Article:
A detailed numerical study on a transonic self-sustaining pulsatile three-stream coaxial airblast injector provided new insight on turbulent pulsations that affected atomization. Unique to this investigation, slurry viscosity, slurry annular thickness, and how the annular thickness interacts with inner nozzle retraction (prefilming distance) were found to be paramount to atomizer performance. Narrower annular slurry passageways yielded a thinner slurry sheet and increased injector throughput, but the resulting droplets were unexpectedly larger. As anticipated, a lower slurry viscosity resulted in smaller droplets. Both the incremental impact of viscosity and the computed slurry droplet length scale matched open literature values. The use of a partial azimuthal model produced a circumferentially periodic outer sheath of pulsing spray ligaments, whereas modeling the full domain showed a highly randomized and broken outer band of ligaments. However, quantitatively the results between the two azimuthal constructs were similar, especially farther from the injector; therefore, it was proved that modeling a wedge with periodic circumferential boundaries can be used for screening exercises. Additionally, velocity point correlations revealed that an inertial subrange was difficult to find in any of the model permutations and that droplet length scales correlated with radial velocities. Lastly, droplet size and turbulence scale predictions for two literature cases were presented for the first time using computational fluid dynamics.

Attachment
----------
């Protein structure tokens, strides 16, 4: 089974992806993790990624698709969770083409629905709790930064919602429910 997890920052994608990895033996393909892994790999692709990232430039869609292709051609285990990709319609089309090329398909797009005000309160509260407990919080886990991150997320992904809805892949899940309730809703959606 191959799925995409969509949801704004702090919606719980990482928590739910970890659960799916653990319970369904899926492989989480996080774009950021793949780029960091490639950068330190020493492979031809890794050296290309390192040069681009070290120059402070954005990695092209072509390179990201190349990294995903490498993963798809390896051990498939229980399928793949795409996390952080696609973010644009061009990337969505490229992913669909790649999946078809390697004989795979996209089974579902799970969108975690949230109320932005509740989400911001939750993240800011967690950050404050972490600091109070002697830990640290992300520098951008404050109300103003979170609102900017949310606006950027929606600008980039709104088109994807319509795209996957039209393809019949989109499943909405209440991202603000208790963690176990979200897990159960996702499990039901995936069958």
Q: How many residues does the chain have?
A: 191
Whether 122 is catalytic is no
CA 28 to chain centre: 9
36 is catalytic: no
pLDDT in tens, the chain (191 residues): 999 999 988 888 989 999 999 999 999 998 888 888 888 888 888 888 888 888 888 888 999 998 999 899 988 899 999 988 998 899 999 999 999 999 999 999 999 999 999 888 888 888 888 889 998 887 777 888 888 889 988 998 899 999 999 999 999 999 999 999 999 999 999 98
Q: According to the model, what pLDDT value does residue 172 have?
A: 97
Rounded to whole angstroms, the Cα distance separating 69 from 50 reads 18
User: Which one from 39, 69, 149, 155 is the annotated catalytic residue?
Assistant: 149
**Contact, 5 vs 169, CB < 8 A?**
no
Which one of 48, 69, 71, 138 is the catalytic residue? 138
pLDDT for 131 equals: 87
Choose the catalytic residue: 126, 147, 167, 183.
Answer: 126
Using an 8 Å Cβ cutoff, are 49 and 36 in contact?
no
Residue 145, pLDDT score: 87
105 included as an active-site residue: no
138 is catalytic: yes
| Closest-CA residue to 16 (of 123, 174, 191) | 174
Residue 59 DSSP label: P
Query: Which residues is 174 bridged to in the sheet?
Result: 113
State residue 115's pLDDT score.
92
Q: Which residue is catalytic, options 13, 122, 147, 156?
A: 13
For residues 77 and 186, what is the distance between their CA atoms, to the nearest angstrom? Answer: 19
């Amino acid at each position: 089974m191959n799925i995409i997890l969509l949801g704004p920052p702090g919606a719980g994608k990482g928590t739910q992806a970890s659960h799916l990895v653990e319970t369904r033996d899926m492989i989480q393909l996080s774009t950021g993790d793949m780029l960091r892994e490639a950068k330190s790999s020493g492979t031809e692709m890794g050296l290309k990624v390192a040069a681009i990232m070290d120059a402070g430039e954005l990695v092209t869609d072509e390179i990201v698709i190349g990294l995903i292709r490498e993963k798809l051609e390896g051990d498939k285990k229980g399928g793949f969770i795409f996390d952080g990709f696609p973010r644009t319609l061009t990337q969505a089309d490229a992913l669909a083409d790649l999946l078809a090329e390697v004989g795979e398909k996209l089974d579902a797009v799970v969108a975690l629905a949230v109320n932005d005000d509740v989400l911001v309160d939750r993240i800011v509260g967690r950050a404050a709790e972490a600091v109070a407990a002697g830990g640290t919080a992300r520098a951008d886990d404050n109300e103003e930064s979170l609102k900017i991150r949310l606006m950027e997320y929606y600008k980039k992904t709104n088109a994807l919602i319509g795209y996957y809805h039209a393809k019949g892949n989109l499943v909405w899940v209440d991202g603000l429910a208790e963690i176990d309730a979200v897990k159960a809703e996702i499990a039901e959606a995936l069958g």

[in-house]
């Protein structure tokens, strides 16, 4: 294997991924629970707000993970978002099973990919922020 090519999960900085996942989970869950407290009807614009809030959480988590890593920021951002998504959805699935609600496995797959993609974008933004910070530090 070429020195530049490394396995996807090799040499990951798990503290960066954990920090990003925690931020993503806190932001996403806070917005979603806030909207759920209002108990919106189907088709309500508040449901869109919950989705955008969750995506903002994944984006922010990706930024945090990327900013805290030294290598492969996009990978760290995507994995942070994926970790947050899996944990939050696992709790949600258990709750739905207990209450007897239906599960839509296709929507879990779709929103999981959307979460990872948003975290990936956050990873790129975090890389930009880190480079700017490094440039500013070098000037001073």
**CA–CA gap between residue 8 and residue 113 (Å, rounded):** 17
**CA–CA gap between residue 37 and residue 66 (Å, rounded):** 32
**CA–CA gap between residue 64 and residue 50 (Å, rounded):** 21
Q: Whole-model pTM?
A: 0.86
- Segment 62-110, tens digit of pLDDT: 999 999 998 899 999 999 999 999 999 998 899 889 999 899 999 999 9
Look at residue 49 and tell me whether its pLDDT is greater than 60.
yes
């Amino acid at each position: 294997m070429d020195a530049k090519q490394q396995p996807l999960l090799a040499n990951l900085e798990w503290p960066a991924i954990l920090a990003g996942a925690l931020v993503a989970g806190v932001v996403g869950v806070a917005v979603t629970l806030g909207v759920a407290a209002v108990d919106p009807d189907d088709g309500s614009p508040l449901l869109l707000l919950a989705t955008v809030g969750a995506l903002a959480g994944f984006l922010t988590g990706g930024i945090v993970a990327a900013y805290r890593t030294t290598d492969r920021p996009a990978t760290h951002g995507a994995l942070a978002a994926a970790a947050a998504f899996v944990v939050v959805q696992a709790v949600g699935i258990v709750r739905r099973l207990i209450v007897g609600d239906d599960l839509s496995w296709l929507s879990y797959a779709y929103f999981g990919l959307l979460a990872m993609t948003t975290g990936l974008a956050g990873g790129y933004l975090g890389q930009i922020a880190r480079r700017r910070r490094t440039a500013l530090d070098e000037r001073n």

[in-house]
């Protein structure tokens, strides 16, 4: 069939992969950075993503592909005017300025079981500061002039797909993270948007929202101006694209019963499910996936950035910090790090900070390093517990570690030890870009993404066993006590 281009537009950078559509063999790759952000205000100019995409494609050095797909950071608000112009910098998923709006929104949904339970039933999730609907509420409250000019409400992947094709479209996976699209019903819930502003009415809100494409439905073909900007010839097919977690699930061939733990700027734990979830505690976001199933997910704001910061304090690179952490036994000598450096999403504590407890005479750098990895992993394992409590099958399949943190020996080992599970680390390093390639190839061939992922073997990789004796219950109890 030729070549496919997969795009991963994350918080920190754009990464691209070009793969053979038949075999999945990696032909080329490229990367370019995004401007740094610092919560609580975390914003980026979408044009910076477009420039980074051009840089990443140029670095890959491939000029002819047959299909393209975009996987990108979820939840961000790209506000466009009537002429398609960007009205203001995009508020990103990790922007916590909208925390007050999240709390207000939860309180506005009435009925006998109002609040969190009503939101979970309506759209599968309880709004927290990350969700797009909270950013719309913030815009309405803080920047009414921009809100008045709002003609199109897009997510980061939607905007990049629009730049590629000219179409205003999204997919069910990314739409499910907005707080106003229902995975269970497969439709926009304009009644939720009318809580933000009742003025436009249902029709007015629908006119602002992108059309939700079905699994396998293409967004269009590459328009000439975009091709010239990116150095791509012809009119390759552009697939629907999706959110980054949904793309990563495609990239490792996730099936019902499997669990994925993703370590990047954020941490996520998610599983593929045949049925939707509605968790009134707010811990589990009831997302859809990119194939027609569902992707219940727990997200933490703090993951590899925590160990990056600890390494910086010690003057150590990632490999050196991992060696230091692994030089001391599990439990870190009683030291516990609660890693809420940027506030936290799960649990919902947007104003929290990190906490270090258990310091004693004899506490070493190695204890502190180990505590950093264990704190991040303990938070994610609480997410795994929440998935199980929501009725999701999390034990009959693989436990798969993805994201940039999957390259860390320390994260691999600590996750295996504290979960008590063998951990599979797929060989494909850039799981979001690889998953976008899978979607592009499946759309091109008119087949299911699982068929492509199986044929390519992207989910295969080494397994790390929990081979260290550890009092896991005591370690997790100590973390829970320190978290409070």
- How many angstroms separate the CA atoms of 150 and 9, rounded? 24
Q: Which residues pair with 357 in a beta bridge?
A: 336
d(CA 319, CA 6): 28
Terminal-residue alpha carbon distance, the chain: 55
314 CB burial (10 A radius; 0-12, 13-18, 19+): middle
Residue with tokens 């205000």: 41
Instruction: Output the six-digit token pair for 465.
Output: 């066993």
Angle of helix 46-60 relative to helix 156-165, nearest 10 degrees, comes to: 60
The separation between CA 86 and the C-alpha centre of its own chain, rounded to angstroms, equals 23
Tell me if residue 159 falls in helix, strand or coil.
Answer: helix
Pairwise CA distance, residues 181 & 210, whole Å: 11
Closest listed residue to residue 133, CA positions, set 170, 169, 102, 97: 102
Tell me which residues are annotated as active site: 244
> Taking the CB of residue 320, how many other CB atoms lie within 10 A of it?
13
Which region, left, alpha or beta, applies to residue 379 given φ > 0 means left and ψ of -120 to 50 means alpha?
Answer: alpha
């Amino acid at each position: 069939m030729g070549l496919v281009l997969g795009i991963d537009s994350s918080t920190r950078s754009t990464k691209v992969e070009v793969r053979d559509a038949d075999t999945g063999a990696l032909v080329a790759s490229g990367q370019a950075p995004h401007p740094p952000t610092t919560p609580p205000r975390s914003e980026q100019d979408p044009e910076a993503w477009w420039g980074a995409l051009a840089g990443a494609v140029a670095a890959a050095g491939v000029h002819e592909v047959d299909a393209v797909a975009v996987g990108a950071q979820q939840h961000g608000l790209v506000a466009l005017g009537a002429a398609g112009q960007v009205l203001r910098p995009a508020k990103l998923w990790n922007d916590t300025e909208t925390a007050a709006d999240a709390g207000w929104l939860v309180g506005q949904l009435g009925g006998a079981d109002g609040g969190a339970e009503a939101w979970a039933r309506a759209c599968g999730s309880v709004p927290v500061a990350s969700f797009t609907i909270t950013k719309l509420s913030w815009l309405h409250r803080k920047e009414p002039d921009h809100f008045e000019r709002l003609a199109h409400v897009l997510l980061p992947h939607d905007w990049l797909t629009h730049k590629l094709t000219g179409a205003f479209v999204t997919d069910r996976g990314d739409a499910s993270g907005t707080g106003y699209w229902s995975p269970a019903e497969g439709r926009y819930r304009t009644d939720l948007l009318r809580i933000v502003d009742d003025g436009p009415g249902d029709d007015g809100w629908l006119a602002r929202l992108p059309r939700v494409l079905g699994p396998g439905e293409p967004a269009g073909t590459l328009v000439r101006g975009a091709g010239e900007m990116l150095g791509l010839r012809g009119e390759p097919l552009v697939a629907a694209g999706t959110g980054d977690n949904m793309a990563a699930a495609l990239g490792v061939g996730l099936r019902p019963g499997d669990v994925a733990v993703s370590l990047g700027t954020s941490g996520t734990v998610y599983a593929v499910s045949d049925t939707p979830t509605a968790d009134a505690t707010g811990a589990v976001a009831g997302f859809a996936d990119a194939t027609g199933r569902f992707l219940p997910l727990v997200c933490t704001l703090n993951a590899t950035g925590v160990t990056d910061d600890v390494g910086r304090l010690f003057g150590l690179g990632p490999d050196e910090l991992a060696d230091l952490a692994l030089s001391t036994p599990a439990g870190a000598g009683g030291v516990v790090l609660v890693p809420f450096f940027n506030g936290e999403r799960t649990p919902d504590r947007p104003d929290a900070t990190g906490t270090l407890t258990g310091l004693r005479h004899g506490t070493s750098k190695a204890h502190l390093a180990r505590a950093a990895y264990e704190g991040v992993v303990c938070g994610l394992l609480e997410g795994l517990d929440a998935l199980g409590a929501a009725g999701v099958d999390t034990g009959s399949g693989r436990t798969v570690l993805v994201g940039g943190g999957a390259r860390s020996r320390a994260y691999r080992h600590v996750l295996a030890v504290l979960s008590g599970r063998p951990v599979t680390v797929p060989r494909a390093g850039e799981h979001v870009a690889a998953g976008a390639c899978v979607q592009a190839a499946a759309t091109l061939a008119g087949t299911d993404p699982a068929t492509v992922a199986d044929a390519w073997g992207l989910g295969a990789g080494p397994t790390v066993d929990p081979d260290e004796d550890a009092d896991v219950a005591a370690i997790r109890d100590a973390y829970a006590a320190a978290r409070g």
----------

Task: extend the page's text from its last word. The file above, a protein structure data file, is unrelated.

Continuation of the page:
Under certain conditions in preferred three-stream geometries, a non-Newtonian airblast atomization flowfield violently pulses (axially and radially) by self-generating and self-sustaining interfacial instability mechanisms. The pulsing is severe enough to send acoustic waves throughout feed piping networks. The most recent work on this system instructed that exothermic chemical reactions enhance this moderate Mach number atomization. Explored herein is the potential to further enhance reaction-assisted disintegration by independently superimposing both sinusoidal and randomized mass flow fluctuations of +/− 50% of the mean onto otherwise constant gas feed streams using surrogate models. Two nozzle geometries (low versus high prefilming distance) and multiple superimposed feed frequencies (ranging from below to above the naturally dominant tone) are considered for each gas stream, making twenty-one total long-running unsteady PLIC-VOF CFD models. Droplet size, plus nine other temporal measures, were considered for assessing atomizer performance in our energy production process. Results indicate that superimposed frequencies have potential to enhance chaotic atomization in a statistically significant manner. Depending on the geometry, the largest effect was about a 10% reduction in droplet size; however, some combinations experienced a droplet size increase. Only marginal differences were seen in the nine other measures, such as injector face heat exposure. In addition to the immediate industrial benefit from modulation, dramatic changes in acoustics were produced by imposed feed perturbations at frequencies lower than the natural tone. A detailed study of start-up flow reveals new mechanisms which explain performance differences.